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(I would check this out for myself, but I don't have VS2010 (yet))

Say I have 2 base interfaces:


And 2 interfaces realizing those:

ISubModelInterface : IBaseModelInterface
ISubViewInterface : IBaseViewInterface

If I define a Tuple<IBaseModelInterface, IBaseViewInterface> I would like to set that based on the result of a factory that returns Tuple<ISubModelInterface, ISubViewInterface>.

In C# 3 I can't do this even though the sub interfaces realize the base interfaces. And I'm pretty sure C# 4 lets me do this if I was using IEnumerable<IBaseModelInterface> because it's now defined with the in keyword to allow covariance. So does Tuple allow me to do this?

From what (little) I understand, covariance is only allowed on interfaces, so does that mean there needs to be an ITuple<T1, T2> interface? Does this exist?

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Note that the "in" keyword allows contravariance, not covariance. IEnumerable<T> is marked as out because a T comes out of an IEnumerable<T>. –  Eric Lippert May 20 '10 at 14:16

2 Answers 2

up vote 9 down vote accepted

Tuple is a class (well, a family of classes) - it's invariant by definition. As you mention later on, only interfaces and delegate types support generic variance in .NET 4.

There's no ITuple interface that I'm aware of. There could be one which would be covariant, as the tuples are immutable so you only get values "out" of the API.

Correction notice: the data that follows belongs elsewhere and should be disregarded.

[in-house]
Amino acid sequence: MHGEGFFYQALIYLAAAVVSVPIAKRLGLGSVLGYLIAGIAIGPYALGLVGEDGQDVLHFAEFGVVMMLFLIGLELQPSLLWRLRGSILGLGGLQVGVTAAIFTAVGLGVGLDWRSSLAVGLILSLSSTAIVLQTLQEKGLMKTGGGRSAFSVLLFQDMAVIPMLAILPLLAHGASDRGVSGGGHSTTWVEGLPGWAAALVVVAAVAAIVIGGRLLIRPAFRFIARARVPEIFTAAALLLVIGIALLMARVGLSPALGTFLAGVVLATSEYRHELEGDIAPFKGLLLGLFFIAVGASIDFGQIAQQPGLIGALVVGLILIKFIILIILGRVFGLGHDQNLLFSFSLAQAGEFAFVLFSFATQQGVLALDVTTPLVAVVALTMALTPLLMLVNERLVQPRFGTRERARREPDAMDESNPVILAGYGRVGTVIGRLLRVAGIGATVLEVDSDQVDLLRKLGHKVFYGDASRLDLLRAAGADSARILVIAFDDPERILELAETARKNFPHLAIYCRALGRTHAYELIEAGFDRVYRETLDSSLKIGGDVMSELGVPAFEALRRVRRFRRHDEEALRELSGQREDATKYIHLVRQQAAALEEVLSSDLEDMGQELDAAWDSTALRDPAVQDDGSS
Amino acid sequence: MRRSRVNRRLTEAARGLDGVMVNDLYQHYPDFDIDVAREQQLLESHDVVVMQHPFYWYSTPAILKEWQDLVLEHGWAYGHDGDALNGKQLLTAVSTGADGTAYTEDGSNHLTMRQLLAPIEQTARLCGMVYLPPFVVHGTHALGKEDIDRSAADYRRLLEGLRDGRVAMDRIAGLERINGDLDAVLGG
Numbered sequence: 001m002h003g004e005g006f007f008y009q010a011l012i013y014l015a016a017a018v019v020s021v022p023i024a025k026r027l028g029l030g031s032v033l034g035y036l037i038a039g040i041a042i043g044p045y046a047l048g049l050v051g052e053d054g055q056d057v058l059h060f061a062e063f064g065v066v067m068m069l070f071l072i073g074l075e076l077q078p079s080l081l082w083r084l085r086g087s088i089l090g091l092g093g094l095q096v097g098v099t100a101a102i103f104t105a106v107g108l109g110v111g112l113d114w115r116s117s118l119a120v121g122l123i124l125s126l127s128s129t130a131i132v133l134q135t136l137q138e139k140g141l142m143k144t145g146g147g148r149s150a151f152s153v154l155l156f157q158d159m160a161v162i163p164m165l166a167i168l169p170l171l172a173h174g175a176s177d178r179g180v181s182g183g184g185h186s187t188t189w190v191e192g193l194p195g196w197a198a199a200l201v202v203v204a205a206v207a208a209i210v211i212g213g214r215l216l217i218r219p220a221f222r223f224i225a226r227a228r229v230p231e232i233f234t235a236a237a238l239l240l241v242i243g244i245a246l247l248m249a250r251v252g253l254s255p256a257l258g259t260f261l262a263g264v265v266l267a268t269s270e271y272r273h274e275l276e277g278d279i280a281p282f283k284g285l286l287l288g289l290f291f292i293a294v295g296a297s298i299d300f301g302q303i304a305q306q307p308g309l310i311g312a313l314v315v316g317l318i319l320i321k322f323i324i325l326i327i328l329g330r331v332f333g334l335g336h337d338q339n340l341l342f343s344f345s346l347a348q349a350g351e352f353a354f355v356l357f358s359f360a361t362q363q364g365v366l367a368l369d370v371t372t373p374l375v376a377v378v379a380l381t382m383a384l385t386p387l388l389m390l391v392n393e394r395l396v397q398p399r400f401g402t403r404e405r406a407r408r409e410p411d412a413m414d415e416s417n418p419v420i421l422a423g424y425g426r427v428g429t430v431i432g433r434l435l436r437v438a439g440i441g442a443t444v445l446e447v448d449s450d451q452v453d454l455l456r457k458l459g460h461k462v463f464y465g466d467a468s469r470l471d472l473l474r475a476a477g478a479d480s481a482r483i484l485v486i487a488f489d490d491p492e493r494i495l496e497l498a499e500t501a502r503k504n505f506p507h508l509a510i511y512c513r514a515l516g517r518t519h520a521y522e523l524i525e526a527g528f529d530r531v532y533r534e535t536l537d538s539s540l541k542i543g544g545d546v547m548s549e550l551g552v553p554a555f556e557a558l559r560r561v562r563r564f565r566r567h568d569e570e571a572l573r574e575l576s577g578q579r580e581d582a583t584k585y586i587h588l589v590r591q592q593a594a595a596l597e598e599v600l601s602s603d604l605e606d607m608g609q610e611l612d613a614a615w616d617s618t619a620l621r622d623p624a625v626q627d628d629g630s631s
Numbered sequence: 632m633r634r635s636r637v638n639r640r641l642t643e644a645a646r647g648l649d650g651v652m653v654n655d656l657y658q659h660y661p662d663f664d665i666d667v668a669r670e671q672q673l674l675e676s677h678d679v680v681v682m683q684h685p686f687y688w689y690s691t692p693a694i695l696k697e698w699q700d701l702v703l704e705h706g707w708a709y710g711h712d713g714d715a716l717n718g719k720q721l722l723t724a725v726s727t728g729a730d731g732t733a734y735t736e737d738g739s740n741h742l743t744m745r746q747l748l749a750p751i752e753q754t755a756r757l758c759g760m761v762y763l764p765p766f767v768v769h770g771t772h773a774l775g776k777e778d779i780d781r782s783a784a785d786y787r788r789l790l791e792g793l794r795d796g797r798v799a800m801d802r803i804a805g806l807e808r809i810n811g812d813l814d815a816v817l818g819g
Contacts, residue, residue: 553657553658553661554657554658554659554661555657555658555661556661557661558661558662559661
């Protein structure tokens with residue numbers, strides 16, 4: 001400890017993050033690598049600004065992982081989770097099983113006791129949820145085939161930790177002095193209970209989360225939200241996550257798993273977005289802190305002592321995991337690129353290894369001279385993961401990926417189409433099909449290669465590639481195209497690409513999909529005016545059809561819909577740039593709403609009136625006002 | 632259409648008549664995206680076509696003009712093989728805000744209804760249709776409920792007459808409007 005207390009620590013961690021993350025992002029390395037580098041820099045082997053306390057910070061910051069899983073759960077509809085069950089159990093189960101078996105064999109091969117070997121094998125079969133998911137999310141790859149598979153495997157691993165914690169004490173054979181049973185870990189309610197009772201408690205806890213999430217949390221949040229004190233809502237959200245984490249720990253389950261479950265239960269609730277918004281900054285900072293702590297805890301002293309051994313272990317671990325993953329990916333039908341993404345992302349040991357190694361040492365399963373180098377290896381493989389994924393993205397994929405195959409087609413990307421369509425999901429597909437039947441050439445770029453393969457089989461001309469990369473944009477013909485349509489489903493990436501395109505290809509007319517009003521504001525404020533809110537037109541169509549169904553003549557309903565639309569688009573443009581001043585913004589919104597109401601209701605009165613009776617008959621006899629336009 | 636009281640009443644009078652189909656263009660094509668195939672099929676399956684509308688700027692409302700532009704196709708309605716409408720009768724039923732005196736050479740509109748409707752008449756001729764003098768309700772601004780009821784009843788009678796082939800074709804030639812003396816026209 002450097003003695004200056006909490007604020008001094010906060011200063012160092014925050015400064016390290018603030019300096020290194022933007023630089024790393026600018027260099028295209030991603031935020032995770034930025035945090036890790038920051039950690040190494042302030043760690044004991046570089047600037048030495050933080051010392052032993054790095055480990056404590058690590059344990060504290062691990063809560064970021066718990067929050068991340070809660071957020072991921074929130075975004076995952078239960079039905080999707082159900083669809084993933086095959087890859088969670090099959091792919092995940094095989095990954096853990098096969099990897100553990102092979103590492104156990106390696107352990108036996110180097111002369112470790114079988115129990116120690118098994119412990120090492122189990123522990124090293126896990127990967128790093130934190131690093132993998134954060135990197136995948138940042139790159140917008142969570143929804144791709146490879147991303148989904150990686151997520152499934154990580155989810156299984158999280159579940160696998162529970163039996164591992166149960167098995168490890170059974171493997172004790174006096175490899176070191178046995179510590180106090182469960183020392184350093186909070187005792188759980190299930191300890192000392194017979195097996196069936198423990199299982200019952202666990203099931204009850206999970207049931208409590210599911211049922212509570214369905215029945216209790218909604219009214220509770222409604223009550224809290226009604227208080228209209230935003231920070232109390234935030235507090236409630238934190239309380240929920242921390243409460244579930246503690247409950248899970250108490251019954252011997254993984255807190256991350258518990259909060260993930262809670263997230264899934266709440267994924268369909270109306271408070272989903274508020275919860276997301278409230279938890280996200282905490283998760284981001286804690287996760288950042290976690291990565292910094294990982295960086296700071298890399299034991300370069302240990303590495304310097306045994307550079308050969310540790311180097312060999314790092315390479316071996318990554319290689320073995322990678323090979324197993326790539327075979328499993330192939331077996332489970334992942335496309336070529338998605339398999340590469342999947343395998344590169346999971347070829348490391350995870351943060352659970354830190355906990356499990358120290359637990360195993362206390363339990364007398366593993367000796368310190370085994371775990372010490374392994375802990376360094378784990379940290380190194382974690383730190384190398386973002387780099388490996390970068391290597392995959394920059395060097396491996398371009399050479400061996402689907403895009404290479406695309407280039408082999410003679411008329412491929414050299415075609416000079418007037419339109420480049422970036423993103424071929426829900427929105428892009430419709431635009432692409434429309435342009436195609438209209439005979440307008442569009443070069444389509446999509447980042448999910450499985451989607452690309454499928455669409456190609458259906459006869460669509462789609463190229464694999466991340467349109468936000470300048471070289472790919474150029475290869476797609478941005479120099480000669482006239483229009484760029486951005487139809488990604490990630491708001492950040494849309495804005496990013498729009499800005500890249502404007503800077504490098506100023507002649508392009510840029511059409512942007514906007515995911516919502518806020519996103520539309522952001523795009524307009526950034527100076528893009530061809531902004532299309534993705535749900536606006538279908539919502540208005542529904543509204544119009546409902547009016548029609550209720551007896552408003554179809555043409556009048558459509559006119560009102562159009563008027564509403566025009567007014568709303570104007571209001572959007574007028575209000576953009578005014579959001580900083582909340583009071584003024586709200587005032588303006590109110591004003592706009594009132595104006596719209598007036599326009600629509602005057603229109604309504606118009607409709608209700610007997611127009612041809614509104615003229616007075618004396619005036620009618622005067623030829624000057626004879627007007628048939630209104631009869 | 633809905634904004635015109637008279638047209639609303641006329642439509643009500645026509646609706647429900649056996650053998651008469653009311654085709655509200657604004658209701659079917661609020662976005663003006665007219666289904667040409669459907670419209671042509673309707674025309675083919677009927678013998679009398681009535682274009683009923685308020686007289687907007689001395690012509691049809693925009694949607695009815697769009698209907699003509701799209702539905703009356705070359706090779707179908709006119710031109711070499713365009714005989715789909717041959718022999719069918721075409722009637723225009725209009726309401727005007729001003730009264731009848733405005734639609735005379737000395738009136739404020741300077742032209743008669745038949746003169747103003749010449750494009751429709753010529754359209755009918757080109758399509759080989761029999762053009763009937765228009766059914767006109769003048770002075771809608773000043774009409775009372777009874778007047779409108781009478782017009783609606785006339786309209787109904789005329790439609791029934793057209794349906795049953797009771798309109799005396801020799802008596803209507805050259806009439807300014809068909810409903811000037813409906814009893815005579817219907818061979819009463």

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I guess I could define my own IMyTuple<in TBaseModel, in TBaseView> that'd be neat –  RichK May 20 '10 at 11:15
@RichK - if you do intend to write your own tuple class, you should carefully examine the comparison and equality semantics offered by BCL tuples. I assume you would want to preserve the same behavior as offered in the built in classes - and some of that behavior is non-obvious. –  LBushkin May 20 '10 at 13:28
@Jon Skeet, there is a nongeneric ITuple interface, but it's internal –  smartcaveman Nov 9 '12 at 15:23
@smartcaveman: Yes, there is, TRest will be checked if it is ITuple. –  Ken Kin Aug 24 '13 at 4:20

You can inherit from tuple for create your own Covariant Tuple. This way you avoid to have to rewrite your own equalities logic.

public interface ICovariantTuple<out T1, out T2>
    T1 Item1 { get; }
    T2 Item2 { get; }
public class CovariantTuple<T1, T2> : Tuple<T1, T2>, ICovariantTuple<T1, T2>
    public CovariantTuple(T1 item1, T2 item2)
        : base(item1, item2) { }


public class Factory
    public static ICovariantTuple<ISubModelInterface, ISubViewInterface> Build()

ICovariantTuple<IBaseModelInterface, IBaseViewInterface> result = Factory.Build();

Compile Fail

Tuple<Exception> item = new Tuple<ArgumentNullException>(null);

Compile Success

ICovariantTuple<Exception> item = new CovariantTuple<ArgumentNullException>(null);
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I like your solution with the interface and companion class! But what's the purpose of the empty factory? I think the last two examples show exactly what works and not. –  MEMark Feb 26 '14 at 18:40

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